“The Collins-Griffith government became the Cosgrave[-Blythe] government, indefinitely. With a very different direction for Ireland indeed: from there, the Free State seemed to become everything the anti-Treaty side said it was.

“Was the Treaty and the Civil War which it ignited, in a sense, the ‘counter-revolution’? A strategy to put the breaks on the independence struggle; to extirpate its most effective leadership; and replace that leadership’s agenda? In this case, with a Dublin government less staunchly opposed to cooperation with imperialist interests: even willing to perpetuate old policies of colonialistic exploitation?

There are a lot of unanswered questions and mysterious
incidents which [the Cabinet] could have cleared up and did
not, and if the finger of guilt is sometimes pointed at them
they have only themselves to blame
                                – John M Feehan  “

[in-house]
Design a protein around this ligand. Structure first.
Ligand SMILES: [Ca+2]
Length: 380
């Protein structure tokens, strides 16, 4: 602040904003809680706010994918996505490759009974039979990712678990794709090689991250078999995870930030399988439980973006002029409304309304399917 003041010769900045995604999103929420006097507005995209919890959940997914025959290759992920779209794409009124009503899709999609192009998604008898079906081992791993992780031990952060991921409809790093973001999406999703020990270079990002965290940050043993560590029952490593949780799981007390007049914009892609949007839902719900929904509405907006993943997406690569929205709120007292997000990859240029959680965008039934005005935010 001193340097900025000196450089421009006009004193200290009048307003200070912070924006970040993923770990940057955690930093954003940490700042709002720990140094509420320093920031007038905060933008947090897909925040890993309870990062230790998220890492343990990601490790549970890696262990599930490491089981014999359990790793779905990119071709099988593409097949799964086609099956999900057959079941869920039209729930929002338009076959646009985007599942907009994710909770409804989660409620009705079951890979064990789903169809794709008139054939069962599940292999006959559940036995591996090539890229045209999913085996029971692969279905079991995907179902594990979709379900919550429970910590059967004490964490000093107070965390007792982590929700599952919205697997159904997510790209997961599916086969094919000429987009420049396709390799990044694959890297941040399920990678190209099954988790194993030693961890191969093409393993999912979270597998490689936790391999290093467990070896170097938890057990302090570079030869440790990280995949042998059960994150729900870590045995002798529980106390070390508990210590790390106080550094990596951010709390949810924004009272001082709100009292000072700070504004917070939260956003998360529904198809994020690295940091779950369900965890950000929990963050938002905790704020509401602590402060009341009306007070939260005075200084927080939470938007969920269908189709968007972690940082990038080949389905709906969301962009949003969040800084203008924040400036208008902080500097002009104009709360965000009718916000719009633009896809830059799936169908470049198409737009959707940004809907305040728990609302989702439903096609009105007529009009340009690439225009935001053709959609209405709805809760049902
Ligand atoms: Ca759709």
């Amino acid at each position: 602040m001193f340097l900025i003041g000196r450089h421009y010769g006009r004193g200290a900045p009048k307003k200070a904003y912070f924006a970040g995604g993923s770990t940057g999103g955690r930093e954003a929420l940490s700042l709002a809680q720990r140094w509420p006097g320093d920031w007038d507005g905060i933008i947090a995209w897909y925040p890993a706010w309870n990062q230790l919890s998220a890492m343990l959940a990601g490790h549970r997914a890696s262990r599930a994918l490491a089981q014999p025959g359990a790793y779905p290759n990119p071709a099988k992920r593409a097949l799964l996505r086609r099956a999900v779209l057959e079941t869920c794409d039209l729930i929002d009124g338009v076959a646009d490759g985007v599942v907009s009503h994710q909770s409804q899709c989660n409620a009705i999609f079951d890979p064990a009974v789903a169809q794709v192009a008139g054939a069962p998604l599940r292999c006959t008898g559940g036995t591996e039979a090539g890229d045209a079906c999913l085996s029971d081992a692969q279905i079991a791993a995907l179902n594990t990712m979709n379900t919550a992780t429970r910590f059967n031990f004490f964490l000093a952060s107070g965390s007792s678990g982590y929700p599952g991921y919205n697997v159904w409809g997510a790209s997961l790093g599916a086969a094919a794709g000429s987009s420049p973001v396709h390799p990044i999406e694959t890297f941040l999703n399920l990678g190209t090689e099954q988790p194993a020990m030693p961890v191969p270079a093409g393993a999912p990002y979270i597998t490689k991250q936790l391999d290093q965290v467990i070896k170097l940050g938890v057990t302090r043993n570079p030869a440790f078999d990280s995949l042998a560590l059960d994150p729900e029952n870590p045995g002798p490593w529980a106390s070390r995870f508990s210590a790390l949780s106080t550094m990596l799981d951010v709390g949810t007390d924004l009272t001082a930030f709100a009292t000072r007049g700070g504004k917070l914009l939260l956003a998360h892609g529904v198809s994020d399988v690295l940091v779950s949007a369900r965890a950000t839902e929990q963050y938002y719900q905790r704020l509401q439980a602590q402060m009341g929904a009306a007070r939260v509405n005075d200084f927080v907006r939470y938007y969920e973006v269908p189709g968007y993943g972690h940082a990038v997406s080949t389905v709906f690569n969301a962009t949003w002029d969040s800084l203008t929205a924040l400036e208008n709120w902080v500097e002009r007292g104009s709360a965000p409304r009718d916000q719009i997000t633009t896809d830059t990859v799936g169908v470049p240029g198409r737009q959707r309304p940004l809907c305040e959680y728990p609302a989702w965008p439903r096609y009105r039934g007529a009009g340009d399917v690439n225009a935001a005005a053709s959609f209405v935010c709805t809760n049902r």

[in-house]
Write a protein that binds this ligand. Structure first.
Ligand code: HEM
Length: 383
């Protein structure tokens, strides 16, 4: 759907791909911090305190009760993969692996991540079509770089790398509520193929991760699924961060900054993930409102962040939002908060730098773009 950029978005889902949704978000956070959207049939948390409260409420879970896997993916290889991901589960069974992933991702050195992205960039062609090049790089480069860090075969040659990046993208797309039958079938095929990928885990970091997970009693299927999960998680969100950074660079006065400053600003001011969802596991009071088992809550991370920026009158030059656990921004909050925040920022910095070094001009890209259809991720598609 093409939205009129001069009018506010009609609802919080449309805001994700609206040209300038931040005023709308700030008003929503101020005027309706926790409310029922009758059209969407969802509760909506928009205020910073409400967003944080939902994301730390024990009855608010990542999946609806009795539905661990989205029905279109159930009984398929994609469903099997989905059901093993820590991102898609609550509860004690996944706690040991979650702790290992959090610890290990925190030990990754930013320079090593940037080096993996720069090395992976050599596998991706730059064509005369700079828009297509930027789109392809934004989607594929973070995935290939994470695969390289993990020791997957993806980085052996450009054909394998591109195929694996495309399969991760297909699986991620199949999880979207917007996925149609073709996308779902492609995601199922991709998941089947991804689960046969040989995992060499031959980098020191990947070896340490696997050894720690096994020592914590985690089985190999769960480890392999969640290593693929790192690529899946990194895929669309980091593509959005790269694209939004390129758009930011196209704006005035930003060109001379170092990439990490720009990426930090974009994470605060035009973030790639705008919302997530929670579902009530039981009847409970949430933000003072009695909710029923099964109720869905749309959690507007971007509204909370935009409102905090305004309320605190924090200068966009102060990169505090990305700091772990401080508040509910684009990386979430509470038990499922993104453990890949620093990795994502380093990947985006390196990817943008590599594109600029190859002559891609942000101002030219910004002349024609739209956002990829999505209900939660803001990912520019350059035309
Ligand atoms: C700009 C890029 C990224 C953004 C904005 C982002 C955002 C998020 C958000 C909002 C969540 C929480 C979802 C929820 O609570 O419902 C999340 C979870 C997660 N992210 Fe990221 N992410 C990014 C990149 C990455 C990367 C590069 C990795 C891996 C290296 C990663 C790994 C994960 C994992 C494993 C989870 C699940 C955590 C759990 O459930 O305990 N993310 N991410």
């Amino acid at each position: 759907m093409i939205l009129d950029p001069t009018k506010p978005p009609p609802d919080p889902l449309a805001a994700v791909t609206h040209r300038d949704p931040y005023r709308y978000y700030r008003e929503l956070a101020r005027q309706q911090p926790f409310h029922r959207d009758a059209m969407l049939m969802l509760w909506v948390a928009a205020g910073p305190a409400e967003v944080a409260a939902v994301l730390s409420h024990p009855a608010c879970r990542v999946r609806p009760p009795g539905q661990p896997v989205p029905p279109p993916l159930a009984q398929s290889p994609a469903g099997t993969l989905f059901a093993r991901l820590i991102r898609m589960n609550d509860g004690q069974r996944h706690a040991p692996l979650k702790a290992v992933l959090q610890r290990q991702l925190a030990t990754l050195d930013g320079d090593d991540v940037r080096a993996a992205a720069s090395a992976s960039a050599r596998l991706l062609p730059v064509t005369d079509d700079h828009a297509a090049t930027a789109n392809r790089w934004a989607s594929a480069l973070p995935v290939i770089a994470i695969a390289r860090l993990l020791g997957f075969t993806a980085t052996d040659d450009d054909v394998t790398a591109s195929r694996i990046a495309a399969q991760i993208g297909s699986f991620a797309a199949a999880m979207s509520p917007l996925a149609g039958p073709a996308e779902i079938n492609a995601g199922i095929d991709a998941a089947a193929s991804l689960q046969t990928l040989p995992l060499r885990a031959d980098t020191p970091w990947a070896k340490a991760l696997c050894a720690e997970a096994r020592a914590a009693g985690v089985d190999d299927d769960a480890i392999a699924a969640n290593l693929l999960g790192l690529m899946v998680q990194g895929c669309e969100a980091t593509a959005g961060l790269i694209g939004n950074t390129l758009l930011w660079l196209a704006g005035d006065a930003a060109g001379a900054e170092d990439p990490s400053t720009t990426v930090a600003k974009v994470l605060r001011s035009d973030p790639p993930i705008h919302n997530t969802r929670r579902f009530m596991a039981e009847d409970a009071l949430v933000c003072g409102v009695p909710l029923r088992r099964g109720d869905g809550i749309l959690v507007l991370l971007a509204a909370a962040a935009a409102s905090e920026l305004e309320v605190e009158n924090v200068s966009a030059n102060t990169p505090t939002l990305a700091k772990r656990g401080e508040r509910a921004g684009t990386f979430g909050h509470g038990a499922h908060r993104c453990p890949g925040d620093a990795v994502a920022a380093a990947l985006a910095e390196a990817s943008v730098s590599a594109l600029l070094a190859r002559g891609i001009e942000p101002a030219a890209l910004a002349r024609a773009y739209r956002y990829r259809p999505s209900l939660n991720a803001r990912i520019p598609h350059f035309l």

TG4’s documentary is really quite revealing about Ernest Blythe’s role in these events; although, perhaps at times, unintentionally so.

Enigma De Blaghad / The Enigma of Blythe
a documentary by TG4
to air again 7:15 PM Sunday 19 April 2015
/ DeDonaigh 19 Abreann 2015
& might also be seen on the TG4 Player
http://www.tg4.ie/ie/player

Read more
The Assassination of Michael Collins:
What Happened At Béal na mBláth?
by S M Sigerson
Paperback or Kindle edition here:
www.amazon.com/dp/1493784714

Book Cover - The Assassination of Michael Collins: What Happened at Béal na mBláth?

All other e-reader formats:
www.smashwords.com/books/view/433954

Read reviews:
http://www.rabidreaders.com/2014/12/03/assassination-michael-collins-s-m-sigerson-2/

Or ask at your local book shop
 
 
 
 

The Shooting of Michael Collins by Feehan cover image       “The Shooting of Michael Collins:
          Murder or Accident?
by John M Feehan
http://www.amazon.com/Shooting-Michael-Collins-Murder-Accident/dp/0946645035

 
 
 
 

Michael Collins by Coogan cover image“Michael Collins
by Tim Pat Coogan
http://www.timpatcoogan.com/books/michael_collins.htm